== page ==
ORLANDO, Fla. (Ivanhoe Newswire) — More than 128 million Americans deal with the hassle of reading glasses. But now, new FDA-approved eye drops may allow these people to get rid of their reading glasses for good. Ivanhoe has the details.
A restaurant menu, the newspaper, even the instructions on your prescription bottle … have the words been getting smaller or blurrier, or do you need reading glasses?
“Most patients tend to report between the ages of 40 and 45,” shared ophthalmologist Michael Manning, MD, FACS.
As we age, some people may develop presbyopia, or the gradual loss of the eyes’ ability to focus on nearby objects. Millions of people use over-the-counter reading glasses to treat their presbyopia, but now researchers say an eye drop called AGN-190584 may replace the need for these reading glasses. The eye drop treats the symptoms of the condition by targeting the eyes’ lens.
“The way they go about this is constricting or making our pupils smaller, which creates a depth of field effect to give enhanced near vision,” continued Dr. Manning.
In a trial, participants said the eye drop worked as soon as 15 minutes after it was applied and reached its peak effectiveness in an hour. However, the eye drop is not a one-time treatment and will have to be applied daily as needed.
The eye drop was just FDA approved in October 2021. Side effects were rare, but included headaches, red eyes, blurred vision, and some eye pain.
Contributors to this news report include: Milvionne Chery, Producer; and Roque Correa, Editor.
EYE DROPS TO IMPROVE VISION?
BACKGROUND: A normal part of aging is when your eyes gradually lose the ability to see things clearly up close. This is known as presbyopia. The term comes from a Greek word meaning “old eye.” Presbyopia is usually noticed shortly after age 40. When you are young, the eye lens is soft and flexible, easily changing shape which lets you focus on objects both close-up and far away. After age 40, the lens becomes more rigid and cannot change shape as easily making it harder to read, thread a needle, or do other close-up tasks. There is no way to halt or reverse the normal aging process that causes presbyopia. However, it can be corrected with eyeglasses, contact lenses or surgery. People who have trouble seeing both near and far may benefit from progressive lenses. If you do not correct presbyopia, you may be bothered by headaches and eye strain.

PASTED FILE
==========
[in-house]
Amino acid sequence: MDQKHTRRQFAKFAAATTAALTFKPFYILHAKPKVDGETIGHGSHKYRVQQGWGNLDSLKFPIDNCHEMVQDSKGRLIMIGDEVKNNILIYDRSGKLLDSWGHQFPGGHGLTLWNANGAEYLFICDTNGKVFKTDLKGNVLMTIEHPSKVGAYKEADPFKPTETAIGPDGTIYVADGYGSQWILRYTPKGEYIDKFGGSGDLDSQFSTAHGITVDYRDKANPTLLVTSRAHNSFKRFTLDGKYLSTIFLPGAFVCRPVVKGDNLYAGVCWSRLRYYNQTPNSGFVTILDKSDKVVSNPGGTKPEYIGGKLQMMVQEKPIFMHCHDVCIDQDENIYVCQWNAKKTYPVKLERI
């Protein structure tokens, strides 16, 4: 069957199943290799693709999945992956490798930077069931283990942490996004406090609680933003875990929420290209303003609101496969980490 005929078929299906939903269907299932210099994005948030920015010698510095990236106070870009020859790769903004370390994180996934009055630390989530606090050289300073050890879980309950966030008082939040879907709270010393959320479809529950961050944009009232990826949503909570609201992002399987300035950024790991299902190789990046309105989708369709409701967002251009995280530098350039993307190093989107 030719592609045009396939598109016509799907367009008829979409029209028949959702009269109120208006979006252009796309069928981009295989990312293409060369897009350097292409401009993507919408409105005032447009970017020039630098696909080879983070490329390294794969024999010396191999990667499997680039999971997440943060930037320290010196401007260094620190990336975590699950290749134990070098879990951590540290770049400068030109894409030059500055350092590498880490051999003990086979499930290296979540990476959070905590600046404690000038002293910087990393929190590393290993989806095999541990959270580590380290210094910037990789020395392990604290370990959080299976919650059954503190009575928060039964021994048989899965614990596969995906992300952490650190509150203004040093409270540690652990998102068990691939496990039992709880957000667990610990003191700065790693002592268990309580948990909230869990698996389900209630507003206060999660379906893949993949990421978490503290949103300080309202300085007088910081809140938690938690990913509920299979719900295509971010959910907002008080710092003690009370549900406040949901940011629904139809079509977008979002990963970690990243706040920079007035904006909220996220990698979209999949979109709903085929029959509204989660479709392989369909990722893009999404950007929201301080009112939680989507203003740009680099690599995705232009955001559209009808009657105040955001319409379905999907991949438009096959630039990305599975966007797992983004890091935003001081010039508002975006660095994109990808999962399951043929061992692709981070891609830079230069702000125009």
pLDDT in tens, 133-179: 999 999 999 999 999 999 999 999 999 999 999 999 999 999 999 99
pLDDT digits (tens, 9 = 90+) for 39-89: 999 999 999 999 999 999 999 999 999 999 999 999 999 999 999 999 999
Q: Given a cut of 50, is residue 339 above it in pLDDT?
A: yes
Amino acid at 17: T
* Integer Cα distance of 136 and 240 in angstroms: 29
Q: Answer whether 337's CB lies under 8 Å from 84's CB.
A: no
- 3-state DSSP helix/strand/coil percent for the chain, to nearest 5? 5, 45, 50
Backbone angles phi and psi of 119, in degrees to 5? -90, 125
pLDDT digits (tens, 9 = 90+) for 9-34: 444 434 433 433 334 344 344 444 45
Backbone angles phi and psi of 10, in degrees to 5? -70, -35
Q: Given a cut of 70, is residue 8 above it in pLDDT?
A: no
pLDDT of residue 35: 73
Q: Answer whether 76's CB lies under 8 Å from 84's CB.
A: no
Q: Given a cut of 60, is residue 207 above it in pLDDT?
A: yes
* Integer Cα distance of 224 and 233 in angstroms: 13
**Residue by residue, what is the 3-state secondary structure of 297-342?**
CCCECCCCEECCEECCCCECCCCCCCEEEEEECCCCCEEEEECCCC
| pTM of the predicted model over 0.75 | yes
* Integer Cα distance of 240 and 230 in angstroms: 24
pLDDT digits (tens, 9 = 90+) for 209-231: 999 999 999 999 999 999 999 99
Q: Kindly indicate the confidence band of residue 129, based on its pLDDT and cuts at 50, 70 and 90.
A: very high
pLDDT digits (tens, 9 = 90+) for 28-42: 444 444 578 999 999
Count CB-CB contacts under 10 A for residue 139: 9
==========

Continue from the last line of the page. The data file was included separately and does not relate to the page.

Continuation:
SYMPTOMS AND RISKS: The most common symptoms of presbyopia are a gradual deterioration in the ability to read or do work up close; having difficulty reading small print; having fatigue from doing close work; needing brighter lighting when reading or doing close work; needing to hold reading material at an arm’s distance to focus properly on it; problems seeing and focusing on objects that are close to you; and squinting. Hyperopia, or farsightedness, is a condition that has symptoms like presbyopia. However, they’re two different disorders. In both conditions, distant objects are clear, but closer objects appear blurry. Hyperopia is a refractive error that’s present at birth. It is possible to have hyperopia and then develop presbyopia with age. If you notice the symptoms of presbyopia at an age earlier than the normal onset, it may be a sign of an underlying medical condition. Some higher risk symptoms are anemia; cardiovascular disease; diabetes; multiple sclerosis; myasthenia gravis; eye trauma or disease; and vascular insufficiency, or poor blood flow.
NEW CORRECTING-DROPS FOR PRESBYOPIA: New presbyopia-correcting drops may help treat the more than 128 million Americans with presbyopia. George O. Waring, IV, MD, founder and medical director, Waring Vision Institute in South Carolina says, “We are on the doorstep now of having topical drops, of which there are multiple in the developmental pipeline with varying mechanisms of action [MOA], for the treatment of presbyopia.” The two main MOAs being investigated are miotics, which leverage the pinhole effect to increase the depth of field, and lens softening, based on the assumption that lens stiffening and loss of flexibility are presbyopia’s main causes. Other considerations include the time to onset of action, duration of effect and the use of preservatives. Allergan submitted AGN-190584 to the FDA based on data from two Phase 3 studies evaluating efficacy, safety and tolerability of its proprietary formulation of pilocarpine 1.25%. “The docket has been submitted, and, if approved, this would be the first to market topical therapy for the treatment of presbyopia in the United States,” says Dr. Waring.
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Audra Friis, Public Relations
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